Disappearing Act

18 co-signers of BMJ retraction request letter are now MIA

I co-authored this item with U.S. (Atlanta, GA) investigative reporter Peter M. Heimlich, who’s cross-posting it at his world-beating blog, The Sidebar.

On November 5, a letter signed by over 180 credentialed professionals, including a number of prominent faculty members at major universities, was sent to the BMJ (formerly the British Medical Journal).

Bonnie Liebman

The letter – organised by Bonnie Liebman MS at the Center for Science in the Public Interest (CSPI), a Washington, DC-based advocacy nonprofit – requested that the journal retract The scientific report guiding the US Dietary Guidelines: is it scientific?, a September 23 article by journalist/author Nina Teicholz that criticised the methodology and findings of the 2015 US Dietary Guidelines Advisory Committee (DGAC).

Never heard of the DGAC? Until recently, neither had we.

Dietary Guidelines

We’ll leave it to experts – including the National Academy of Medicine – to debate the scientific issues and the merits of Teicholz’s article.

We’re interested in these journalism-related questions. 

• Why the pile on? Is her article a danger? If so, to whom?
• Instead of trying disappear her article, why not write a letter to the editor or a rebuttal?
• Has CSPI ever organised retraction letters for other articles?
• Have any of the signatories ever requested retractions of other articles?

Re: that last question, part-time unpaid bloggers that we are, Peter and I don’t have the time to ask everyone who signed. However, we will ask the CSPI and the 14 members of the 2015 Guidelines Advisory Committee, all of whom signed the letter.

At the moment we can report that 18 co-signers of the original letter have been deleted from a subsequent version.

What happened is that after receiving the November 5 retraction request, the BMJ published a November 19 post by Executive Editor Theodora Bloom that included:

In line with our usual practice, this will require all signatories to declare their competing interests, which are not provided in a version of the letter posted on the website of the Center for Science in the Public Interest.

On December 17, the BMJ posted an updated version of the CSPI letter, absent the names of 18 scientists and grad students.*

We know why one of the co-signers is MIA. As reported on The Sidebar last month, University of Colorado professor and former American Heart Association president Robert Eckel MD e-mailed Peter that he’d removed his name after Peter filed a related public records request with the University.

The names deleted from the letter:

1. Sharon R. Akabas, PhD
Director, MS in Nutrition
Associate Director for Educational Initiatives
Columbia University
Institute of Human Nutrition
New York, New York, USA

2. Carol J. Boushey, PhD, MPH, RD
Associate Research Professor
Epidemiology Program
University of Hawaii Cancer Center
University of Hawaii at Manoa Honolulu, Hawaii, USA

3. Robert H. Eckel
Professor of Medicine
Division of Endocrinology, Metabolism and Diabetes
Division of Cardiology
Professor of Physiology and Biophysics
Charles A. Boettcher II Chair in Atherosclerosis
University of Colorado Anschultz Medical Campus
Director Lipid Clinic, University Hospital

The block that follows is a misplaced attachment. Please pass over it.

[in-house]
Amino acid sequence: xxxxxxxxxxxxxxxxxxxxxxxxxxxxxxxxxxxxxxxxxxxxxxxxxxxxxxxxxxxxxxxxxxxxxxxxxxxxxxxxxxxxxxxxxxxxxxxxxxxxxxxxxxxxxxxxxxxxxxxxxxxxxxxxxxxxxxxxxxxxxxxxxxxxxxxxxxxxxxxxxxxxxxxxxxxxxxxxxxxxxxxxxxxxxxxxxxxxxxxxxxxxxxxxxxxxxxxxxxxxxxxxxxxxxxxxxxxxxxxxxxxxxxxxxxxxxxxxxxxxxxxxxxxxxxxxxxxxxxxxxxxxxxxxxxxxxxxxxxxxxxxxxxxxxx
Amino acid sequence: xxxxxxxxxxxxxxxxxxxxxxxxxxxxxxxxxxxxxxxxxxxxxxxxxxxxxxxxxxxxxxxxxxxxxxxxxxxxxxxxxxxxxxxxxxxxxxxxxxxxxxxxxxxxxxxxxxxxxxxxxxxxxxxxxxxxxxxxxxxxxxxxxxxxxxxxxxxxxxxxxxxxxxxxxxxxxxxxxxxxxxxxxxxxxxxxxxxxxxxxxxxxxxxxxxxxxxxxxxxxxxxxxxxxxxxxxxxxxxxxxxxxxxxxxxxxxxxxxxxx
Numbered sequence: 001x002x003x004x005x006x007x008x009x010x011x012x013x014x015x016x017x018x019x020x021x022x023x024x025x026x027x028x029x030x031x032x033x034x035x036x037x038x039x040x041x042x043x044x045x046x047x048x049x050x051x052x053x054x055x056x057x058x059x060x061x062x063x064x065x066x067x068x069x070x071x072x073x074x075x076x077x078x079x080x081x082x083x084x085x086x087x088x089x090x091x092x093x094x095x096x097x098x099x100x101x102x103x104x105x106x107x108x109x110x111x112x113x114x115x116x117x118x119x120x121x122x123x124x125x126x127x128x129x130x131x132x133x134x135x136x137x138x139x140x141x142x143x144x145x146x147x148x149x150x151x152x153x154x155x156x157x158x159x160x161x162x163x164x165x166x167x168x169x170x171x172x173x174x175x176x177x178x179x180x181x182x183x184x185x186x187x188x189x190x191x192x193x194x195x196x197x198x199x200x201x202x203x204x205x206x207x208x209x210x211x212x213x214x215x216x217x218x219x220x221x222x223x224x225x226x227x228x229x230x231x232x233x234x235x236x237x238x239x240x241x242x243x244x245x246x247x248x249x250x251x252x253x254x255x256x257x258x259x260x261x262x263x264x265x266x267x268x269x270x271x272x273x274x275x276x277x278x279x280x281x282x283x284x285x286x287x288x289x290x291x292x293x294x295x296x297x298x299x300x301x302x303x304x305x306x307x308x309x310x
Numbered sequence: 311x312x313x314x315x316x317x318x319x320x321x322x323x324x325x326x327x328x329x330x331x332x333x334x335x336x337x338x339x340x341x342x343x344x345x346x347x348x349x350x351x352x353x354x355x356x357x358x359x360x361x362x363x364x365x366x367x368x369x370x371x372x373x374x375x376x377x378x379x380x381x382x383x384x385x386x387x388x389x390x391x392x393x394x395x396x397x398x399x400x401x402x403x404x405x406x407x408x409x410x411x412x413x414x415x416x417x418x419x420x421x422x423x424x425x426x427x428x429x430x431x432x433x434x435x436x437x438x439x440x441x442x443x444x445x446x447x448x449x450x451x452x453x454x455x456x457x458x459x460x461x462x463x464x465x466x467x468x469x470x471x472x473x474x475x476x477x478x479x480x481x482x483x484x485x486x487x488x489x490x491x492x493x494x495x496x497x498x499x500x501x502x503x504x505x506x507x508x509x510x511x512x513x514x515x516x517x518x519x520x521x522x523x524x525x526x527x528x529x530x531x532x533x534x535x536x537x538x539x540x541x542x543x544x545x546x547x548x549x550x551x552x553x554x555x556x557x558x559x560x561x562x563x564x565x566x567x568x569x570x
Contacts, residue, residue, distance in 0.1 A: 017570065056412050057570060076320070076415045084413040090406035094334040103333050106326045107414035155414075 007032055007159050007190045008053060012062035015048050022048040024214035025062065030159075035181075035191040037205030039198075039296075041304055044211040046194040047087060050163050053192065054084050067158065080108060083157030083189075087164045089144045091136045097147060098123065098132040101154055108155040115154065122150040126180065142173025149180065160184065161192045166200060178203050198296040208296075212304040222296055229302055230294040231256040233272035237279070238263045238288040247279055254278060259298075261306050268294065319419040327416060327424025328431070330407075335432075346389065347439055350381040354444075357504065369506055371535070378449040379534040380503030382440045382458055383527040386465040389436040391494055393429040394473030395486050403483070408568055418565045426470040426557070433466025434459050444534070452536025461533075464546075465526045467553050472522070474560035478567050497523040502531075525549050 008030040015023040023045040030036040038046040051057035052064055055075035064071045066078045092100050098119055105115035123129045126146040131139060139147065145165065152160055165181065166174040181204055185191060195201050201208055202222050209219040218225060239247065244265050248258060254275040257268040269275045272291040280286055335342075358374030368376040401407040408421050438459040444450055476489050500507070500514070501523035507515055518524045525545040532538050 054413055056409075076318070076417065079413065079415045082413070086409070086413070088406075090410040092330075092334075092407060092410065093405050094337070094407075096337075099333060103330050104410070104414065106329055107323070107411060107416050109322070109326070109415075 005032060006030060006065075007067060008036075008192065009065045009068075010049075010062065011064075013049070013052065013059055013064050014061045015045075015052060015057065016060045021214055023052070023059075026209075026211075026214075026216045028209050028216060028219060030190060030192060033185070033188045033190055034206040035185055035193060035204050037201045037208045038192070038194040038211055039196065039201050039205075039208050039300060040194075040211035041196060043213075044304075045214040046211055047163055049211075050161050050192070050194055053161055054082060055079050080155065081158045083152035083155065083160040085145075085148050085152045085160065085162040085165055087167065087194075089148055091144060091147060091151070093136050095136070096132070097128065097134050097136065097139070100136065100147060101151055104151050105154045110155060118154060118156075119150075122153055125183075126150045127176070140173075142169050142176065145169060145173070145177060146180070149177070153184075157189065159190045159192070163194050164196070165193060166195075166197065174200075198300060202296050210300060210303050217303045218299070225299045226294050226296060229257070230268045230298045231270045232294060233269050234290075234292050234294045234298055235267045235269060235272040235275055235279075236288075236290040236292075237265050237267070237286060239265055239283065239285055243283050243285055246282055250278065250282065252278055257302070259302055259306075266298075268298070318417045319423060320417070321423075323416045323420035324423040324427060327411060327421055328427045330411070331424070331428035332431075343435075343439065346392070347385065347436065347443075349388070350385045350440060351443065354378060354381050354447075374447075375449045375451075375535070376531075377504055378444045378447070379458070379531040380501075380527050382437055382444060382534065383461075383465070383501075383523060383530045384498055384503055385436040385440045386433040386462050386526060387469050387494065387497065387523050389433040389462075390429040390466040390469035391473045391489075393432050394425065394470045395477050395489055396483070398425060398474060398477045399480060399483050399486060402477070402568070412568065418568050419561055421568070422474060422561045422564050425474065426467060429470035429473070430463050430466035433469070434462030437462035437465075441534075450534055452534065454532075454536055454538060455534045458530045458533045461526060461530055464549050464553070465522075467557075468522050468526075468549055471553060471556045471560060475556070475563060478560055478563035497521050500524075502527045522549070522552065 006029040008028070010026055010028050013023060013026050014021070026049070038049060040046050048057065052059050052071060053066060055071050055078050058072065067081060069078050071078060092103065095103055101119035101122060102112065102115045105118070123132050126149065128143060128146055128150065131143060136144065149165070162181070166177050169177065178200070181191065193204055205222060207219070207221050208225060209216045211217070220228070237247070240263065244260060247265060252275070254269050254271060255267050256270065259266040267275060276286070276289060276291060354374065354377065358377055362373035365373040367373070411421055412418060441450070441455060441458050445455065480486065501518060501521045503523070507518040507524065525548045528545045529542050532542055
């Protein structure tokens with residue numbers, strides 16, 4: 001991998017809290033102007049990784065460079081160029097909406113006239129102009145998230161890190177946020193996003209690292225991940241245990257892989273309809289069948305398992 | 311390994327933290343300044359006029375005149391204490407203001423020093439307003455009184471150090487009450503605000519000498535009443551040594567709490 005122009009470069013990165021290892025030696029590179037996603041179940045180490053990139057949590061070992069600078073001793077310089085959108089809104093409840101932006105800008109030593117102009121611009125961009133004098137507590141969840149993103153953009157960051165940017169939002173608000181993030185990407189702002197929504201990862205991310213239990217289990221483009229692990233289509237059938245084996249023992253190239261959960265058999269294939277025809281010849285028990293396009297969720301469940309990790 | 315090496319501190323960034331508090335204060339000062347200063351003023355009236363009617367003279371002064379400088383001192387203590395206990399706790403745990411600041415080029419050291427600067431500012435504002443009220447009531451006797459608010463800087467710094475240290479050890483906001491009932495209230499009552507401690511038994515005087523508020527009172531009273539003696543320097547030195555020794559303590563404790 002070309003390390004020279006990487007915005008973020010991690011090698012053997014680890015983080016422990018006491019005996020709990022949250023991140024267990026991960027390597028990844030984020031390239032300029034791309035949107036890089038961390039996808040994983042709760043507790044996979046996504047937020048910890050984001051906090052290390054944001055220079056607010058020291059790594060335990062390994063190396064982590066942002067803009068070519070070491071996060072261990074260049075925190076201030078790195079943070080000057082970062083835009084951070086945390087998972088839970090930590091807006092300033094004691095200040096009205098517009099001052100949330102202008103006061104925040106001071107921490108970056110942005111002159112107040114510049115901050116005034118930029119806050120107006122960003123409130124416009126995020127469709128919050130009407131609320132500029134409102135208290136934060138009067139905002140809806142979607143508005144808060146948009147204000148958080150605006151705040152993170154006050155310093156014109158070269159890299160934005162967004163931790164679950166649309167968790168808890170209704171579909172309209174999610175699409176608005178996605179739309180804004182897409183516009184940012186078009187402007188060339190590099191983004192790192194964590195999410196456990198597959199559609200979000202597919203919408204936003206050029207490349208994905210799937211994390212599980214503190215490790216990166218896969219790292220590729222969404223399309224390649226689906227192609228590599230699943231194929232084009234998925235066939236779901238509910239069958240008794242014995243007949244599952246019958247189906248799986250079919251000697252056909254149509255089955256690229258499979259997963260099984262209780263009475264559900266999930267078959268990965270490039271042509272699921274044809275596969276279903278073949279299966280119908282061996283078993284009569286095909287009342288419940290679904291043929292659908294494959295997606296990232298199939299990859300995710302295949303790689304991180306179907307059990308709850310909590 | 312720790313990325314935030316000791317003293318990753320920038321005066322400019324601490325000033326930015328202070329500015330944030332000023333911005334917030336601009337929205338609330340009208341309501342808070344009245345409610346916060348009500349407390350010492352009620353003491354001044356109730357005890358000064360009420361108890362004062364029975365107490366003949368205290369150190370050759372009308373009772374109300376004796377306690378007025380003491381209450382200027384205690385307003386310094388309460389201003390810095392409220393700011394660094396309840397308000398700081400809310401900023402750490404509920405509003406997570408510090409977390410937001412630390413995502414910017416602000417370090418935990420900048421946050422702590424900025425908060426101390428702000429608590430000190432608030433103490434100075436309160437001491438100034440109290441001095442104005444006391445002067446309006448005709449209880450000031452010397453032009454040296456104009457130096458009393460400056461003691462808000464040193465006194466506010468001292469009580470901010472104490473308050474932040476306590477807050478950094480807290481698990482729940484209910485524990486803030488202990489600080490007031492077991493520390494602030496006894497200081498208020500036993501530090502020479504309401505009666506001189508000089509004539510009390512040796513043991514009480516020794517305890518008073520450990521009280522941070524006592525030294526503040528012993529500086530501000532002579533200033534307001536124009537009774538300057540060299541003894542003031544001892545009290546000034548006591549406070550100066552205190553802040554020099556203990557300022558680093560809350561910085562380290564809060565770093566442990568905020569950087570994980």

University of Colorado, Denver
Denver, Colorado, USA

4. Wafaie Fawzi, DrPH
Richard Saltonstall Professor of Population Sciences
Professor of Nutrition, Epidemiology, and Global Health
Chair, Department of Global Health and Population
Harvard T.H. Chan School of Public Health
Boston, Massachusetts, USA

5. Enrique Jacoby, MD, MPH
Regional Advisor on Nutrition and Active Living
NMH Pan American Health Organization
World Health Organization
Washington, D.C., USA

6. José Lapetra, MD, PhD
Médico de Familia
Responsable del Grupo de Investigación “Dieta, Nutrición y Prevención de Enfermedades en Atención Primaria”
CIBEROBN, Instituto de Salud Carlos III
Unidad de Investigación del Distrito Sanitario Atención Primaria Sevilla
Sevilla, Spain

7. Graham MacGregor, MA, MB, BChir
Professor of Cardiovascular Medicine
Wolfson Institute of Preventive Medicine
Barts and The London School of Medicine and Dentistry, Queen Mary
University of London
London, United Kingdom

8. Meena Mahadevan, PhD
Associate Professor Program
Coordinator for Applied Nutrition
Department of Health and Nutrition Sciences
Montclair State University
Montclair, New Jersey, USA

9. Salvatore Panico, MD, MS
Professor of Internal Medicine
Federico II University
Naples, Italy

10. Emma Patterson, PhD
Project Manager for School Food Sweden
Community Nutrition and Physical Activity
Karolinska Institutet
Stockholm, Sweden

11. Mike Rayner, DPhil
Professor of Population Health
Director, British Heart
Foundation Centre on Population Approaches for Non-Communicable Disease Prevention
Nuffield Department of Population Health
University of Oxford
Oxford, United Kingdom

12. Lesley Schmidt Sindberg, MPH
Senior Research Coordinator
Healthy Eating Research
University of Minnesota School of Public Health
St. Paul, Minnesota, USA

13. Francisco J. Tinahones, MD, PhD
Professor of Medicine
Director, Endocrinology and Nutrition Services, Hospital Universitario Virgen de la Victoria
Coordinator, Complications of Obesity, CIBEROBN
University of Málaga
Málaga, Spain

14. Dianne S. Ward, EdD
Professor, Department of Nutrition
Gillings School of Global Public Health
University of North Carolina
Chapel Hill, North Carolina, USA

15. Julia Wärnberg, PhD
University of Malaga
Malaga, Spain

Graduate Students

16. Stacy Blondin, MSPH
USDA Doctoral Fellow
Friedman School of Nutrition Science and Policy
Tufts University
Boston, Massachusetts, USA

17. Larissa Calancie
Doctoral Candidate – Nutrition Interventions and Policy
University of North Carolina Gillings School of Public Health
UNC Center for Health Promotion and Disease Prevention
Chapel Hill, North Carolina, USA

18. Violet Kiesel
Graduate Student
Purdue University
West Lafayette, Indiana, USA

*Not on the original November 5 letter, but she signed onto the December 17 version.

Rosemary Stanton, PhD, OAM
Visiting Fellow